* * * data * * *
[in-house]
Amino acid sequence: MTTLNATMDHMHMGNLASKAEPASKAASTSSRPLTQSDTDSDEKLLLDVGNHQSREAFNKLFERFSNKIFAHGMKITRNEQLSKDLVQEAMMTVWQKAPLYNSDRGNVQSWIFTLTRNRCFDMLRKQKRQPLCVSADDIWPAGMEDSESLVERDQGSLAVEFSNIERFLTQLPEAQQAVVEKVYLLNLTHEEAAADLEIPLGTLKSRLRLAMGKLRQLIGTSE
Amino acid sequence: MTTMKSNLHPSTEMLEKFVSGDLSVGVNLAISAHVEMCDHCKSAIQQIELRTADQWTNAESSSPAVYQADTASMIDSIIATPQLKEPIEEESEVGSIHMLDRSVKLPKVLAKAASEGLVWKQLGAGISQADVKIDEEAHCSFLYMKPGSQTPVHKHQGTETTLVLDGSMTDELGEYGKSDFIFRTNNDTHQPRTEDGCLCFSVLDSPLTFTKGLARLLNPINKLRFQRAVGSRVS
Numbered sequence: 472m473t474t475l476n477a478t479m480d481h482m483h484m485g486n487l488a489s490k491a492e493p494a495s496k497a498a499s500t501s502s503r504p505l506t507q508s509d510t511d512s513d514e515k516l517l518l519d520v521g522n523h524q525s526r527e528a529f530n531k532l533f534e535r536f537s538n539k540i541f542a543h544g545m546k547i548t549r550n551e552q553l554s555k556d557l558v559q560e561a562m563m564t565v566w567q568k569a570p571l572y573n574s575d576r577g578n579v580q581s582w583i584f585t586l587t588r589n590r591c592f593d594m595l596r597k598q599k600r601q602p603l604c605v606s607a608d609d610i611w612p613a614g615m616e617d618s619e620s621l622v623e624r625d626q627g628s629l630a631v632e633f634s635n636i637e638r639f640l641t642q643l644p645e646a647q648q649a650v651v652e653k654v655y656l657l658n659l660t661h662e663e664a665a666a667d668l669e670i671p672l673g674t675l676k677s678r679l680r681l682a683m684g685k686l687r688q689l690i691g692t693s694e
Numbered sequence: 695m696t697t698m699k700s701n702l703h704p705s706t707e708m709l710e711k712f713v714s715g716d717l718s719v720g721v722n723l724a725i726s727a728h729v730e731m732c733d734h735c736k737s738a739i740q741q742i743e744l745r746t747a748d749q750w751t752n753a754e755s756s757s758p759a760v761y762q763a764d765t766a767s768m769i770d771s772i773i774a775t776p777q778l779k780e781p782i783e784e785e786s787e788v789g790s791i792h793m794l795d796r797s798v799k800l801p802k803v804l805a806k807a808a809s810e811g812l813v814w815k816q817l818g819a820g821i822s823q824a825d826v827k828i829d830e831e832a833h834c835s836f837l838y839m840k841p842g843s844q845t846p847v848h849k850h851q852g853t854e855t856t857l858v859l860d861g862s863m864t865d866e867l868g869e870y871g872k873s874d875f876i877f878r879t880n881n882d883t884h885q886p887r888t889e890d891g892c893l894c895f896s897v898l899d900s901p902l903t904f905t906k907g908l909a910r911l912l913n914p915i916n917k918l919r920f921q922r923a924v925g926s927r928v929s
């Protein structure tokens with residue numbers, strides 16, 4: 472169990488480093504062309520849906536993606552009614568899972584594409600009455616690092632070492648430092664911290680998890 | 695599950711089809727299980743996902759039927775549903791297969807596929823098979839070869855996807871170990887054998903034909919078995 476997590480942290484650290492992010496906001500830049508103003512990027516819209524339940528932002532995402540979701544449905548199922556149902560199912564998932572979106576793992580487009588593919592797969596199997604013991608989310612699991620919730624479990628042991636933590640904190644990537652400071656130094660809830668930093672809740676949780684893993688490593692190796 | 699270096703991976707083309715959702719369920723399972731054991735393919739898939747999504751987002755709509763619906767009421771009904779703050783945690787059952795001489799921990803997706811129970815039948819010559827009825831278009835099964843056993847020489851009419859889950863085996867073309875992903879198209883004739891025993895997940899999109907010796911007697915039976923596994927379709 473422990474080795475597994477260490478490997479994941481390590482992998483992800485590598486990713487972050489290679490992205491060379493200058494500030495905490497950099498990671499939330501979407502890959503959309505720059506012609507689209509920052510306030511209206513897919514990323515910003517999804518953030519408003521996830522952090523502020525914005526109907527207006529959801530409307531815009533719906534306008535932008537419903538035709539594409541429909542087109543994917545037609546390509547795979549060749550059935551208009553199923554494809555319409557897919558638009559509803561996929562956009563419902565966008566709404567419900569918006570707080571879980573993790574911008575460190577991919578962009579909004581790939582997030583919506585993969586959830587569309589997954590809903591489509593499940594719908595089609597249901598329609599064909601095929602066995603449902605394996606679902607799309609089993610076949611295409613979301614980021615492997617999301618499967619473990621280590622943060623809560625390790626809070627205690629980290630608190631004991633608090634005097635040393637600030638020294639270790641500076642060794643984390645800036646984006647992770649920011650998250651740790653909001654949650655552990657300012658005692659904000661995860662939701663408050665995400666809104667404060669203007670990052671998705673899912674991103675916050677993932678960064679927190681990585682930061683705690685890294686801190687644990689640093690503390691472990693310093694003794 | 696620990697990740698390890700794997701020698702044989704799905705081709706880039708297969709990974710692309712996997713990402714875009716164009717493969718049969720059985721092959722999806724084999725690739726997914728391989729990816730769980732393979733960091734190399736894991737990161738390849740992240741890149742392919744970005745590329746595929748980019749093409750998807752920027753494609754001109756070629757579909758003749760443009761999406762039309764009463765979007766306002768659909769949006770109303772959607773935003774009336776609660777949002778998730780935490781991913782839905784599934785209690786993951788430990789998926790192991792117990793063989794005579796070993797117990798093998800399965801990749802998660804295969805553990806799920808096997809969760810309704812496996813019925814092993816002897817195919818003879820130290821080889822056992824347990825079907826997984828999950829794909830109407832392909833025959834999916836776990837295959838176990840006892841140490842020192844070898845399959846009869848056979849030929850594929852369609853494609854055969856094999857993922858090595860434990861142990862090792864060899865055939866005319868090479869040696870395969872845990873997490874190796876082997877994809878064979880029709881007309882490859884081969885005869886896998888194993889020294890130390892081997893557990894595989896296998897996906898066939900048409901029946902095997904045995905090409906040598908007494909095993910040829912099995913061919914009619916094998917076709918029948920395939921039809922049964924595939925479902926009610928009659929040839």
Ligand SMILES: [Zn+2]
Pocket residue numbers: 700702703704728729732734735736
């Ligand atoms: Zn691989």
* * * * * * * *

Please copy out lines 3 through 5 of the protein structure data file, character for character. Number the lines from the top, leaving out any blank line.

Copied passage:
Amino acid sequence: MTTMKSNLHPSTEMLEKFVSGDLSVGVNLAISAHVEMCDHCKSAIQQIELRTADQWTNAESSSPAVYQADTASMIDSIIATPQLKEPIEEESEVGSIHMLDRSVKLPKVLAKAASEGLVWKQLGAGISQADVKIDEEAHCSFLYMKPGSQTPVHKHQGTETTLVLDGSMTDELGEYGKSDFIFRTNNDTHQPRTEDGCLCFSVLDSPLTFTKGLARLLNPINKLRFQRAVGSRVS
Numbered sequence: 472m473t474t475l476n477a478t479m480d481h482m483h484m485g486n487l488a489s490k491a492e493p494a495s496k497a498a499s500t501s502s503r504p505l506t507q508s509d510t511d512s513d514e515k516l517l518l519d520v521g522n523h524q525s526r527e528a529f530n531k532l533f534e535r536f537s538n539k540i541f542a543h544g545m546k547i548t549r550n551e552q553l554s555k556d557l558v559q560e561a562m563m564t565v566w567q568k569a570p571l572y573n574s575d576r577g578n579v580q581s582w583i584f585t586l587t588r589n590r591c592f593d594m595l596r597k598q599k600r601q602p603l604c605v606s607a608d609d610i611w612p613a614g615m616e617d618s619e620s621l622v623e624r625d626q627g628s629l630a631v632e633f634s635n636i637e638r639f640l641t642q643l644p645e646a647q648q649a650v651v652e653k654v655y656l657l658n659l660t661h662e663e664a665a666a667d668l669e670i671p672l673g674t675l676k677s678r679l680r681l682a683m684g685k686l687r688q689l690i691g692t693s694e
Numbered sequence: 695m696t697t698m699k700s701n702l703h704p705s706t707e708m709l710e711k712f713v714s715g716d717l718s719v720g721v722n723l724a725i726s727a728h729v730e731m732c733d734h735c736k737s738a739i740q741q742i743e744l745r746t747a748d749q750w751t752n753a754e755s756s757s758p759a760v761y762q763a764d765t766a767s768m769i770d771s772i773i774a775t776p777q778l779k780e781p782i783e784e785e786s787e788v789g790s791i792h793m794l795d796r797s798v799k800l801p802k803v804l805a806k807a808a809s810e811g812l813v814w815k816q817l818g819a820g821i822s823q824a825d826v827k828i829d830e831e832a833h834c835s836f837l838y839m840k841p842g843s844q845t846p847v848h849k850h851q852g853t854e855t856t857l858v859l860d861g862s863m864t865d866e867l868g869e870y871g872k873s874d875f876i877f878r879t880n881n882d883t884h885q886p887r888t889e890d891g892c893l894c895f896s897v898l899d900s901p902l903t904f905t906k907g908l909a910r911l912l913n914p915i916n917k918l919r920f921q922r923a924v925g926s927r928v929s